When concerned citizens encounter injured or orphaned wildlife they often are not aware there are permitted wildlife rehabilitation centres that can help. In Alberta the only facilities that are legally permitted to give long term care to injured or orphaned wildlife are wildlife rehabilitation centres. Not all wildlife rehabilitation centres are permitted to handle every species but all centres work together and will see that the patient gets to the appropriate facility.
Veterinary clinics, if they choose, may offer emergency care at no charge to the public. Unless they have a wildlife rehabilitation permit, they may not offer long-term care.
Just as with humans, the first few hours after the injury are the most critical and the sooner the patient receives treatment the better chance there is for success. Something as simple as a warm, dark place and the administration of fluids can mean the difference between life and death.
* I Have Found an Injured Wild Animal
When attempting to aid an injured wild animal or bird always remember your safety first. In most cases the following procedure is the best:
- Cover the patient with a towel, coat, or blanket
- Transfer them, towel and all, to a cardboard box with no air holes and close the lid
- Keep the animal warm, dark, and quiet
- Never feed an injured patient until you've received direction from a wildlife hospital
- Contact a wildlife hospital (403-728-3467) for further instructions as soon as possible as delays may cause further illness or death in your patient
- If you are unsure or fearful to approach a wild patient, or the patient is a larger or more aggressive species, please stay with it and call a wildlife hospital for help.
The following are a few common injuries and how to deal with them:
MRWC's protocol when a bird hits a window is to put it immediately into a small cardboard box with a towel for support. Put the box in a warm, quiet place for approximately 1 hour. If the bird is active and flies away strongly when the lid is opened, then it was merely stunned. If it is unable to fly after the rest period, the impact may have caused internal bleeding or broken a small bone in the shoulder. Further treatment will be needed.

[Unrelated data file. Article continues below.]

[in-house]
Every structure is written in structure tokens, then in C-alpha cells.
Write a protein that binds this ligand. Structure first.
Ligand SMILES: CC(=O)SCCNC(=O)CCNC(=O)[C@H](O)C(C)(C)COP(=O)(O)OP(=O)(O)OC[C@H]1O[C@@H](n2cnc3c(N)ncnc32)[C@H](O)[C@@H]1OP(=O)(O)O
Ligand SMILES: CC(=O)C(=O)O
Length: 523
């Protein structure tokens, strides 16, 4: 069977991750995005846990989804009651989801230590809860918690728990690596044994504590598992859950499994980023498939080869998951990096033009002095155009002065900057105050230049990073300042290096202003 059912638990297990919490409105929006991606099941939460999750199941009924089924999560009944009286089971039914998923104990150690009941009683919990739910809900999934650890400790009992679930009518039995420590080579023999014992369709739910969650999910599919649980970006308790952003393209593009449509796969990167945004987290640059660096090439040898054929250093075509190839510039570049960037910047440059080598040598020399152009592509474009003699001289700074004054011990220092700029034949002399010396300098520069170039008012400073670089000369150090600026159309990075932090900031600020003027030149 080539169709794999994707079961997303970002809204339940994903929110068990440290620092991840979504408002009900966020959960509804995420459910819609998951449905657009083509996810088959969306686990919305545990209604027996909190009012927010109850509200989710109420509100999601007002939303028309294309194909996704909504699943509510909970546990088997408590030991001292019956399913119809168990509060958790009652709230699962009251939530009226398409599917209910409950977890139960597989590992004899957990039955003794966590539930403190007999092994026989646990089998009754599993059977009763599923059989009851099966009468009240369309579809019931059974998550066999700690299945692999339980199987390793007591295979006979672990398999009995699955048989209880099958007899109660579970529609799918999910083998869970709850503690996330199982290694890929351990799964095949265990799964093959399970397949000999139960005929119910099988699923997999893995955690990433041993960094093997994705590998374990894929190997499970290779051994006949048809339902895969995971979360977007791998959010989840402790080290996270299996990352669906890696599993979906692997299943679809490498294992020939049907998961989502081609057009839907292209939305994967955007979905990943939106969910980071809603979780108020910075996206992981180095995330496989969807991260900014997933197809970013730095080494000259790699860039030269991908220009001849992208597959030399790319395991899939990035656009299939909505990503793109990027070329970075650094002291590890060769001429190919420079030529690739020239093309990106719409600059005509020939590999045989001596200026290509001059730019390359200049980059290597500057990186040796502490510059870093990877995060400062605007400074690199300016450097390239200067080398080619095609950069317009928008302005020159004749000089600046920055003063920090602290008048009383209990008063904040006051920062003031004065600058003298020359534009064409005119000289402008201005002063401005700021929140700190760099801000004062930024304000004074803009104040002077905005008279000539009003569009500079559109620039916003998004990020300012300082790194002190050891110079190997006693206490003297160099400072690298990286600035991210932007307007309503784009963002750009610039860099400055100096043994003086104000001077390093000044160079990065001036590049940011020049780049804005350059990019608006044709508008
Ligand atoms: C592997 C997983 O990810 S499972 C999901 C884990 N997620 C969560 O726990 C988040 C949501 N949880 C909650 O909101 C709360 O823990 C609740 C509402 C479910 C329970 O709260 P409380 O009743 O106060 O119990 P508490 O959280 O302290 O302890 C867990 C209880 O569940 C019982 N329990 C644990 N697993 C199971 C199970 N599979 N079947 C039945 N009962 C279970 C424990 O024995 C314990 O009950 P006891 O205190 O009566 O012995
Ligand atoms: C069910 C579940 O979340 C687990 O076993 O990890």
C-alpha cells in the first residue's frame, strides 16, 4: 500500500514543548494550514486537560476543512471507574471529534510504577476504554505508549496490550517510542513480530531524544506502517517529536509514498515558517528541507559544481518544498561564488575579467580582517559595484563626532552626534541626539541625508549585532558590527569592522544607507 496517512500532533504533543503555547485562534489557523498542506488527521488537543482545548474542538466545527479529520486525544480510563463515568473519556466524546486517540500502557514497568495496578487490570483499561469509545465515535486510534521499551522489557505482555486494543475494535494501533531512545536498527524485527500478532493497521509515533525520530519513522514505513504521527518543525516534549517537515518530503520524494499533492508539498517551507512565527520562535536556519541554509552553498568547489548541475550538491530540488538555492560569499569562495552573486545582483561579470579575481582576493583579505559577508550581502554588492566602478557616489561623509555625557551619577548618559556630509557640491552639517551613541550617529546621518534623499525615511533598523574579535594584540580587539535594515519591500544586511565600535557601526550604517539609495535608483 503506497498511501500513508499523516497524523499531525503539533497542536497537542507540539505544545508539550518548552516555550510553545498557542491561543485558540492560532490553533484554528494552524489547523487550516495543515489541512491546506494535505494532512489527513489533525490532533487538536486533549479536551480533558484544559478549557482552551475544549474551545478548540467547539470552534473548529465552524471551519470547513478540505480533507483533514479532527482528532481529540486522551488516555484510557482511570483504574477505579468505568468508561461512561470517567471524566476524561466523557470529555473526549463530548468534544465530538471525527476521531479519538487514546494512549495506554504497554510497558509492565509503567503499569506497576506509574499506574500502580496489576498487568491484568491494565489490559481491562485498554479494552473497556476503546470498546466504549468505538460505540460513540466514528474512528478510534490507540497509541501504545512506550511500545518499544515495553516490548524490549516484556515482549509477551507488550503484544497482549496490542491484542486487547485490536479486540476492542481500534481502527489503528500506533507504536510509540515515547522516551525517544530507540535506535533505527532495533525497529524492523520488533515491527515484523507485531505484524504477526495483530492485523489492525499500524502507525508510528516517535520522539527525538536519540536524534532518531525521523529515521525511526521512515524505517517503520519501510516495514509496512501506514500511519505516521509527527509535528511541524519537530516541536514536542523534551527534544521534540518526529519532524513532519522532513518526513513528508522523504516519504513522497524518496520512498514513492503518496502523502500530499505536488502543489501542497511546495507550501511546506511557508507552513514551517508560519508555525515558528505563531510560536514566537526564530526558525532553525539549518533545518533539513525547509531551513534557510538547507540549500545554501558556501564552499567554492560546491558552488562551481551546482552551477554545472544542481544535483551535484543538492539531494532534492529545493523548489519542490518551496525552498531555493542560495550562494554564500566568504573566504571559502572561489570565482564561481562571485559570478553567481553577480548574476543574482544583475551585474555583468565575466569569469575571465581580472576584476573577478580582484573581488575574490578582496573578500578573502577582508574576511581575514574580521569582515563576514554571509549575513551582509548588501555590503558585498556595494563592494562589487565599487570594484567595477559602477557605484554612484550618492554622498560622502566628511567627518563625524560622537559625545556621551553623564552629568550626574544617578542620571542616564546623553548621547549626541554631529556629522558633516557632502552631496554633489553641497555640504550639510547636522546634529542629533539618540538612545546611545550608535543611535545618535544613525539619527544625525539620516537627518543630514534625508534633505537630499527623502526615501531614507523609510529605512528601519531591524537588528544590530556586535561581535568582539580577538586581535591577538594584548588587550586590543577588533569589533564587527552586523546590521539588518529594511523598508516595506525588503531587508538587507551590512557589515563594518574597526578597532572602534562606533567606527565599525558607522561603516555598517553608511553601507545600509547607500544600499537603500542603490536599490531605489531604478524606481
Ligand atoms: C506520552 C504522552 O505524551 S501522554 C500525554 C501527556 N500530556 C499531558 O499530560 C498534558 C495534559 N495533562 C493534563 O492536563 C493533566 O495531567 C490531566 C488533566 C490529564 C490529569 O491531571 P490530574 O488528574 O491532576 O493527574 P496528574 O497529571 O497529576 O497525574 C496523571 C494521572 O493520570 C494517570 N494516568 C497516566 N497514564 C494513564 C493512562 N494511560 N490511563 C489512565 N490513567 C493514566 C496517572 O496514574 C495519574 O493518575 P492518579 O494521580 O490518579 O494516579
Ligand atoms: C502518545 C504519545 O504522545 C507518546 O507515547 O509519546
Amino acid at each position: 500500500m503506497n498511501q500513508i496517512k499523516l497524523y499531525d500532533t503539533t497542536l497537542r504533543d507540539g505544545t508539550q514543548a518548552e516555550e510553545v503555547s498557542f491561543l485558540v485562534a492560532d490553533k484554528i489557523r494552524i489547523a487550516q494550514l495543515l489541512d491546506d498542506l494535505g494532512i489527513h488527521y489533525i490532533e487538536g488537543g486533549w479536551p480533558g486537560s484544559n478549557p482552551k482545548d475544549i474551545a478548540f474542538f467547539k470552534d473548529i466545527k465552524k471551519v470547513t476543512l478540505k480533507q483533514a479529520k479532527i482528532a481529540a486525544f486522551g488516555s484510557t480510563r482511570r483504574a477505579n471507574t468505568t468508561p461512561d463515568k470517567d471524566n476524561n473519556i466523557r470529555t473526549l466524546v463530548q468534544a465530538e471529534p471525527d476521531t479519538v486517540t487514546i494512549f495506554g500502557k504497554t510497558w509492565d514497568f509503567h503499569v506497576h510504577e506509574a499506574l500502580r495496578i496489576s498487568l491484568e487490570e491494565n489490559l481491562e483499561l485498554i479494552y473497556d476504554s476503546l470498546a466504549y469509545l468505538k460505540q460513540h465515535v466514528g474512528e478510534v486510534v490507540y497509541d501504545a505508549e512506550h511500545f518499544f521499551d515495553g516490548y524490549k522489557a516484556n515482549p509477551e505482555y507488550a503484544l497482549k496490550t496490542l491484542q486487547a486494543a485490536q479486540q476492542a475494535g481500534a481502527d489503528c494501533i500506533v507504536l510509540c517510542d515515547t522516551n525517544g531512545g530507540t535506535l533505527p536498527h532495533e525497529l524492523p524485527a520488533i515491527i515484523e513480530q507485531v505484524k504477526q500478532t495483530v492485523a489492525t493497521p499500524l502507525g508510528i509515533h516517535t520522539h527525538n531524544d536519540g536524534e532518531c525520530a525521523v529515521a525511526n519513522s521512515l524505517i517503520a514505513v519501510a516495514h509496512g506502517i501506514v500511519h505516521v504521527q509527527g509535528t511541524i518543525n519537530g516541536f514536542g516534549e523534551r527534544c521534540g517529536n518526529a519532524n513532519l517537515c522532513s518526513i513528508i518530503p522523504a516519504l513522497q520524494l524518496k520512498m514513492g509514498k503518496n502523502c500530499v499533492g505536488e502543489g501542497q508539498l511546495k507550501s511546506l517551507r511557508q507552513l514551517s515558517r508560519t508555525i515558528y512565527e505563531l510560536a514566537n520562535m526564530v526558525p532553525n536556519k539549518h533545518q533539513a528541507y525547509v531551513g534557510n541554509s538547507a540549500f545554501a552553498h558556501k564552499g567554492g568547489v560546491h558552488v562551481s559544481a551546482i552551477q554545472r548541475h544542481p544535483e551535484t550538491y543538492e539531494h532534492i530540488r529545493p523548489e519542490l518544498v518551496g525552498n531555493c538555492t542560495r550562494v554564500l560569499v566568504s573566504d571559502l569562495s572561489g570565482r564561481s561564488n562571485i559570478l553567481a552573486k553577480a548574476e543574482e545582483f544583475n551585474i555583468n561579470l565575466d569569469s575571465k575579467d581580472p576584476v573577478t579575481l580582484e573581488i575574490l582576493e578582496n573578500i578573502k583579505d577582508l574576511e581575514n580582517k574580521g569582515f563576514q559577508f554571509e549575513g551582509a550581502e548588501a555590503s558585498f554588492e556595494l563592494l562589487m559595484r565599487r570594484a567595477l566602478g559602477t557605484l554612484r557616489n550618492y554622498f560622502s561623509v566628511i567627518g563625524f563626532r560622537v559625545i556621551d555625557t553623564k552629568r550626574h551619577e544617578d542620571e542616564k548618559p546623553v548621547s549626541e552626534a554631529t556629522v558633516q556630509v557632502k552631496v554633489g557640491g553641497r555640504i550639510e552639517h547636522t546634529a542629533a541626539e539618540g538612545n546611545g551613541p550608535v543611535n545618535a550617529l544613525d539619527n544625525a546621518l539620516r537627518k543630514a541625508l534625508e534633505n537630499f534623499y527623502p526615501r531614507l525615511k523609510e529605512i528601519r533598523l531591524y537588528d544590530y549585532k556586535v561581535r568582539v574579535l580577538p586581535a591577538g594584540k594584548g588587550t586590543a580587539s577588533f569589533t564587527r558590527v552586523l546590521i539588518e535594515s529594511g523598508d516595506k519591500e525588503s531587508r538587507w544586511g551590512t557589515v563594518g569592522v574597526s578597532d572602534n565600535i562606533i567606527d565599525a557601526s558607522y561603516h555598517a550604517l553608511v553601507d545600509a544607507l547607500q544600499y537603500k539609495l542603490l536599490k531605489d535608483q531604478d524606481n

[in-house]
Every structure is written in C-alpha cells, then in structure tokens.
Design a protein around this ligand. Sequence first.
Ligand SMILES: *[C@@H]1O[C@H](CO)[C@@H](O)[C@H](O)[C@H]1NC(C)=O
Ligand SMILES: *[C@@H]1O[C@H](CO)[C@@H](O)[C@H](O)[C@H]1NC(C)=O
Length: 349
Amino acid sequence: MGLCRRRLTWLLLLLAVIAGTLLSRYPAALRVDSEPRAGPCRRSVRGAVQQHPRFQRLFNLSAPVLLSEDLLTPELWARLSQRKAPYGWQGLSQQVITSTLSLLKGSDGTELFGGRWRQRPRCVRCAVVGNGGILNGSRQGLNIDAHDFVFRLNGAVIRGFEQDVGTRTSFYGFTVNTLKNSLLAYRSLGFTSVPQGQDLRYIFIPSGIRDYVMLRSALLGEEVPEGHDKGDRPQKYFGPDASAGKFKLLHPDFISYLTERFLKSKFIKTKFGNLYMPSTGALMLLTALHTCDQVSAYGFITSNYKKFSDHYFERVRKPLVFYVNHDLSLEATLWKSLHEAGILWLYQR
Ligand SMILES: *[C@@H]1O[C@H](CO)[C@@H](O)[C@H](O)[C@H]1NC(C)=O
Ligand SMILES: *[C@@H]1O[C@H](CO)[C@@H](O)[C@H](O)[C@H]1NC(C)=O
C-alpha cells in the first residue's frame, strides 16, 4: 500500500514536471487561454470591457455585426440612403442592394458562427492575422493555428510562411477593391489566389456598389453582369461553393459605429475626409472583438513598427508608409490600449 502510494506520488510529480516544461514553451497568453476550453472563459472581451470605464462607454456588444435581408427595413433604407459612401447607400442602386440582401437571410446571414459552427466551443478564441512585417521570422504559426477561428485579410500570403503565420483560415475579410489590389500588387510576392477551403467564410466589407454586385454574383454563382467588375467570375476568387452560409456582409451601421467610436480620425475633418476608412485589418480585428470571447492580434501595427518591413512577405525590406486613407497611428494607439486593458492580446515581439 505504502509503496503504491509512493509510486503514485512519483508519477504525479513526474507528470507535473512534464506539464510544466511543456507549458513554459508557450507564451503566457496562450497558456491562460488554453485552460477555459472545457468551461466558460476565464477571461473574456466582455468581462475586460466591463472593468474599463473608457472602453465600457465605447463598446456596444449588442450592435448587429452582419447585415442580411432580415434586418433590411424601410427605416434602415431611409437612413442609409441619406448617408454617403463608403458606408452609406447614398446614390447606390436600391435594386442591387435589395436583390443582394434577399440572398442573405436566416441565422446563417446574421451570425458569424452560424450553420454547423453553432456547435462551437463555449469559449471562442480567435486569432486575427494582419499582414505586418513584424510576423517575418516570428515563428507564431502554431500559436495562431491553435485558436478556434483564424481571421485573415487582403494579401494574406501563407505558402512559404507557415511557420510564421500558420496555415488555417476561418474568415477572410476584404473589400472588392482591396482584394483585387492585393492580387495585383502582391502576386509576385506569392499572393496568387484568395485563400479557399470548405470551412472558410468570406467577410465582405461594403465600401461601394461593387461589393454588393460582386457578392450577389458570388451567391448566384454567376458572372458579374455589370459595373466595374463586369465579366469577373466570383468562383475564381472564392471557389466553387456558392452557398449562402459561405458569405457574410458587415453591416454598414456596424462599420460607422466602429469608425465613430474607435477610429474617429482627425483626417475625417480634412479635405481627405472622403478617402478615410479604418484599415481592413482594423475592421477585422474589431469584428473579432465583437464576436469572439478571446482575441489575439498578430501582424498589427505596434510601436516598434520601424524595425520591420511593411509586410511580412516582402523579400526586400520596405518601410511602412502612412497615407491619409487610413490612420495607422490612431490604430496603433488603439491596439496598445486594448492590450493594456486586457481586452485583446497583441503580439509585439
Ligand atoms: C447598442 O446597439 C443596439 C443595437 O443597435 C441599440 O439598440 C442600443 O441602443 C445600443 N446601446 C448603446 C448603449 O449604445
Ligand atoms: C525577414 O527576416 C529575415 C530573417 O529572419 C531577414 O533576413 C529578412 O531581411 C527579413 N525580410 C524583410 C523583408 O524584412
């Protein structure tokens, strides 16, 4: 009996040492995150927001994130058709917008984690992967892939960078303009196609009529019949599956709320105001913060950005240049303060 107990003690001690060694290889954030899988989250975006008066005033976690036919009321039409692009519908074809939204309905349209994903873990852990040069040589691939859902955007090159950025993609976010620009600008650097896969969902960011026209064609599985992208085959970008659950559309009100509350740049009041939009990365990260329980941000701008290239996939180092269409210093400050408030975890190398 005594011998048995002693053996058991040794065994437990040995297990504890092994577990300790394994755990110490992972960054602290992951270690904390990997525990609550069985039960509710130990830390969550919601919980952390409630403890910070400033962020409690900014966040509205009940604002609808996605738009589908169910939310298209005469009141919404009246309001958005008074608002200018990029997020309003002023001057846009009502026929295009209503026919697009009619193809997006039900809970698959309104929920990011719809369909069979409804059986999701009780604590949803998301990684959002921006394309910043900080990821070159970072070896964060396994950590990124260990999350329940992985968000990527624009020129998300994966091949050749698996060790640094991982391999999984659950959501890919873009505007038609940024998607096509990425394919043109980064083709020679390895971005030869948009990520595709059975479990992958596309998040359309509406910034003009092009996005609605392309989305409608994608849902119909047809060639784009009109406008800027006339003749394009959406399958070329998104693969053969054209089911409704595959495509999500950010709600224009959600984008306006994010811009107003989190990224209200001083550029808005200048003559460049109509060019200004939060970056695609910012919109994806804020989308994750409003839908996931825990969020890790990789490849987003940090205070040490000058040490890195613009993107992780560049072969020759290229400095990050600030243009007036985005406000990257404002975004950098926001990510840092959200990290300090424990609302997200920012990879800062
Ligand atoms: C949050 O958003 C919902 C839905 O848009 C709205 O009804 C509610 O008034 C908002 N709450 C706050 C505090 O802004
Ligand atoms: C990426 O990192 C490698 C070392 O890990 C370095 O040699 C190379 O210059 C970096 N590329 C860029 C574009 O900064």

Oiled or Dirty Wildlife
Oiled or dirty wildlife is best wrapped in a towel with only their head protruding so they cannot preen and end up ingesting whatever product is on their feathers or fur. Pack them securely into a cardboard box so they cannot move, cover the box, keep in a quiet, warm place and call a wildlife hospital where they will receive proper washing and treatment.
Orphaned ducklings can easily be placed with other duck families but in most cases they must be placed with the same species of duck. Medicine River specializes in fostering orphaned waterfowl and can relocate the orphans for you. Orphaned ducklings are extremely "stressy" and must not be handled or played with. Keep them in a small box with a towel and a heat source to snuggle into. Never give them a large pan of water to swim in. When they are stressed they may lose their waterproofing if put in water and when they get wet and cold, death is very likely.
Cat Caught Birds
Even a small puncture from a cat's claws can introduce bacteria that can kill a small songbird in as little as 48 hours. Keep the bird warm, dark and quiet and transport to MRWC to begin treatment with antibiotics as soon as possible. Shock from the cat maul is also of serious concern.